Tourists are warned to stay out of the Grand Canyon as heatwave turns attraction into 115F cauldron

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Tourists are warned to stay out of the Grand Canyon today after roasting localized heatwave turns it into 115F cauldron

  • The Grand Canyon is under a severe heat warning for Friday from 10am-4pm
  • The base of the canyon, 4,000 feet below, is set to heat up to 115F
  • Only the canyon will experience high temperatures today
  • Extreme heat in the lower elevations is being caused by a compression of air as it descends into the canyon










Tourists have been warned to avoid the Grand Canyon due to a searing localized heatwave which will see the famed attraction become a 115f cauldron.   

The base of the canyon, 4,000 feet below, is set to hit the roasting temperature today, which has sparked an excessive heat warning for just the Grand Canyon itself.

That extreme heat in the lower elevations is the result of a compression of air as it descends into the canyon, according the National Weather Service.

During what is known as ‘adiabatic heating’, air becomes more compressed as it descends into the canyon and releases energy the further down it goes, thus increasing temperatures.

The Grand Canyon is one of the most visited parks in the US with some 5.9 million people stopping to see this natural wonder of the world each year, but meteorologists are urging the public to stay away Friday due to extreme temperatures plaguing the canyon

Officials are discouraging any physical activity within the canyon between 10am and 4pm GMT, when ‘temperatures are expected to rise to dangerous levels,’ according to National Weather Service in Flagstaff, Arizona.

‘Day hikers on Bright Angel Trail should descend no further than 1.5 miles,’ wrote the Weather Service. ‘Hikers should attempt to be out of the canyon and at Indian Garden or Bright Angel Campground between these hours.’

Although the warning may sound extreme, such announcements are not uncommon in the canyon – the last one was on June 2 when temperatures went up to 111f and a number of warnings were issued last year.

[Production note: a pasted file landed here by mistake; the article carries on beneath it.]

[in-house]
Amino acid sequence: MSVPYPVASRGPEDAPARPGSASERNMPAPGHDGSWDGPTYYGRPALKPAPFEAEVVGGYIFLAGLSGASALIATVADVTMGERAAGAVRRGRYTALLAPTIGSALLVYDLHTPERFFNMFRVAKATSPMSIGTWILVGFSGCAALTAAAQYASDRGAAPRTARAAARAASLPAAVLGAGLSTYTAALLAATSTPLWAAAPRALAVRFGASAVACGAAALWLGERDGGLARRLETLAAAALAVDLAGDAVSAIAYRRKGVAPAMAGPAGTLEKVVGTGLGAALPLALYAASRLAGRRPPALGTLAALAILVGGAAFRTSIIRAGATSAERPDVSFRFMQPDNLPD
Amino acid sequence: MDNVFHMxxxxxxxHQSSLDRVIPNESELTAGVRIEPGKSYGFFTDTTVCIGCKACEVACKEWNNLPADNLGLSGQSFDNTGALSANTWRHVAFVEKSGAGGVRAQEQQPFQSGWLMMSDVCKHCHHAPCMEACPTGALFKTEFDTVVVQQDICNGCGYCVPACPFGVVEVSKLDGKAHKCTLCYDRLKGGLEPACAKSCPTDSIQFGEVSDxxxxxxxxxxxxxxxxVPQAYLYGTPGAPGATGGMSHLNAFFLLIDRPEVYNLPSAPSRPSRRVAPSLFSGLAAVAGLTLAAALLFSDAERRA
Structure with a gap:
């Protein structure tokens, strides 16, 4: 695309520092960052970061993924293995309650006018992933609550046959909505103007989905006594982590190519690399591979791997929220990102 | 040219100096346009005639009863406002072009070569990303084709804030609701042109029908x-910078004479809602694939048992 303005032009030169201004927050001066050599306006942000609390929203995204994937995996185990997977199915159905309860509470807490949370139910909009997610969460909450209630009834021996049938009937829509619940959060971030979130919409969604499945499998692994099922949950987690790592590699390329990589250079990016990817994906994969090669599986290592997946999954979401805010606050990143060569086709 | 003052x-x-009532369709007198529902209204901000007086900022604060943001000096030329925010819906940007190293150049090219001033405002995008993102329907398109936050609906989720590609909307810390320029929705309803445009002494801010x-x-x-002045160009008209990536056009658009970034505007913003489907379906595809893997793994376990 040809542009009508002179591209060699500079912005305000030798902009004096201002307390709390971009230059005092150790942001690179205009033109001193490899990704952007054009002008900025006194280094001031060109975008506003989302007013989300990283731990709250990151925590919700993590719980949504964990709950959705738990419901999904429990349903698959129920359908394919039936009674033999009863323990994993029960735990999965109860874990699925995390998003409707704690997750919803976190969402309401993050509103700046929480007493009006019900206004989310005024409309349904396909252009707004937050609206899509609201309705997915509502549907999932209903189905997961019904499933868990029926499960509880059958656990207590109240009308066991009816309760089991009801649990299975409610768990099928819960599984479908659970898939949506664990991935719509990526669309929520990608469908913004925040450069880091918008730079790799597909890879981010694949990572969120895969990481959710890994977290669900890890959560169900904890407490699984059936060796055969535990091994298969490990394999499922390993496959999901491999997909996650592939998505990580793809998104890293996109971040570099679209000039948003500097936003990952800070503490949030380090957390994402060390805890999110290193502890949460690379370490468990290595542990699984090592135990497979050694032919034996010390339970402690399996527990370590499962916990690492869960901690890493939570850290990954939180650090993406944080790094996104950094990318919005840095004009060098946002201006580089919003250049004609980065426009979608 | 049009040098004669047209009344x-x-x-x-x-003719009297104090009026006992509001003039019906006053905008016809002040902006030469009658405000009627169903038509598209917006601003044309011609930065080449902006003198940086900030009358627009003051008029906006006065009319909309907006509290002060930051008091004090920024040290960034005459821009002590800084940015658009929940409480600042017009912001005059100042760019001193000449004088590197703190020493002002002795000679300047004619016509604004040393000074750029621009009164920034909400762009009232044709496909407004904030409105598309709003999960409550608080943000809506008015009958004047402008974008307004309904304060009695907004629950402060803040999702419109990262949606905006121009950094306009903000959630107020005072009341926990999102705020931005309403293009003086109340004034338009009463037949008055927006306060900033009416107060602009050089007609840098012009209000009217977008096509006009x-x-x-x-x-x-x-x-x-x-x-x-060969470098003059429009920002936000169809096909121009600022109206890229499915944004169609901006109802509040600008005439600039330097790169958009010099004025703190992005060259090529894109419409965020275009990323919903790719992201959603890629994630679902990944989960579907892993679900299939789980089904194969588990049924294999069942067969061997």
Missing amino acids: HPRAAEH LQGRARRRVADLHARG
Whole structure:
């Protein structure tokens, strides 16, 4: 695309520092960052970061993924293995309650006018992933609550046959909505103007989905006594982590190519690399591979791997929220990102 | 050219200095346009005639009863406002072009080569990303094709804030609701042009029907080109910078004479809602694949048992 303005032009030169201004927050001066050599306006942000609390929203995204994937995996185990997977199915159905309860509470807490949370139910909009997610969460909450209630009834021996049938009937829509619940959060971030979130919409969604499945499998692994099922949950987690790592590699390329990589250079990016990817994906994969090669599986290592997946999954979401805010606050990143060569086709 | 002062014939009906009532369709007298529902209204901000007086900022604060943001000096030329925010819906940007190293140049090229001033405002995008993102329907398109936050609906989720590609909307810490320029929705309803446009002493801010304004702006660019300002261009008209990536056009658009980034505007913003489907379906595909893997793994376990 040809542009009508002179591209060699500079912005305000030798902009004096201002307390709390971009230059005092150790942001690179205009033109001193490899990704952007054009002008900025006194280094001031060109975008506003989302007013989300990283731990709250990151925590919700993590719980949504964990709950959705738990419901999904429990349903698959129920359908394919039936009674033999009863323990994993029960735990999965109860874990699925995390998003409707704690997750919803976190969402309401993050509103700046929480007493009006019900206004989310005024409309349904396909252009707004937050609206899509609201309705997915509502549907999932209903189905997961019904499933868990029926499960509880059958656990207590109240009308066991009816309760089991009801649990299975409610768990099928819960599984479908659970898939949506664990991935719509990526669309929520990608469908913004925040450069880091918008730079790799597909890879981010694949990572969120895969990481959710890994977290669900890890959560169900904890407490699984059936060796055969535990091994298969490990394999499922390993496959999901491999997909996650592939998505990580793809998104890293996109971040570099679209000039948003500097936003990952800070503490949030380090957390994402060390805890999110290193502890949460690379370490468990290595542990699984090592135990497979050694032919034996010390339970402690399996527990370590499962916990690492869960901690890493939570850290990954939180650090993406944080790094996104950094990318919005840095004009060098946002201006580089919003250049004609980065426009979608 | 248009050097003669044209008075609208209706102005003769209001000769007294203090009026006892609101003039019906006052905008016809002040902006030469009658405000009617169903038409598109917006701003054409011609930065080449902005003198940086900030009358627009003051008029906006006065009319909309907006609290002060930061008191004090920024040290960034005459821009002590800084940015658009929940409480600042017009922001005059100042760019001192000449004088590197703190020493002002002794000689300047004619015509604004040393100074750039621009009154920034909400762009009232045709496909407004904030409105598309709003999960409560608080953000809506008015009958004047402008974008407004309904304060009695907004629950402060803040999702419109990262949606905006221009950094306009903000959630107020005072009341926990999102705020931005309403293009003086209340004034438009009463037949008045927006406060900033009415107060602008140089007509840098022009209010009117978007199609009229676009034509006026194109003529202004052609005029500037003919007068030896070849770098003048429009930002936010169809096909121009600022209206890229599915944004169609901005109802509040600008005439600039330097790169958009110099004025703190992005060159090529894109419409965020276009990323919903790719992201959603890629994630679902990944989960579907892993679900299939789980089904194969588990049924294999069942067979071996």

While the canyon will be hit with extreme heat, just outside of the area will be between 80 and 90 degrees, which is normal this time of year. 

The base of the canyon, 4,000 feet below, is set to heat up to 115 degrees Fahrenheit today, which has sparked an excessive heat warning for just the Grand Canyon itself

The base of the canyon, 4,000 feet below, is set to heat up to 115 degrees Fahrenheit today, which has sparked an excessive heat warning for just the Grand Canyon itself

The extreme heat in the lower elevations is the result of a compression of air as it descends into the canyon

The extreme heat in the lower elevations is the result of a compression of air as it descends into the canyon

During adiabatic heating, temperatures of around 89 degrees Fahrenheit  at an elevation of 8,200 feet can shoot up to 112 degrees Fahrenheit at an elevation of 2,500 feet as the air becomes more and more compressed at lower levels of the canyon.

According to The Washington Post, this is also why you see snow covered mountain tops in the middle of summer.

Heat warnings for the Grand Canyon are issued throughout the year, but in June 2020, officials warned hikers their boots could literally melt apart and their feet will suffer blisters because of extreme heat conditions at the national park.

Heat warnings for the Grand Canyon are issued throughout the year, but in June 2020, officials warned hikers their boots could literally melt apart and their feet will suffer blisters because of extreme heat conditions at the national park

Heat warnings for the Grand Canyon are issued throughout the year, but in June 2020, officials warned hikers their boots could literally melt apart and their feet will suffer blisters because of extreme heat conditions at the national park

‘Grand Canyon is an unforgiving environment,’ says the park service in another social media post from last year.  

‘The heat inside the canyon can cause shoes to come apart, and heavy hiking boots can trap sweat and lead to painful blisters,’ park service officials explained.



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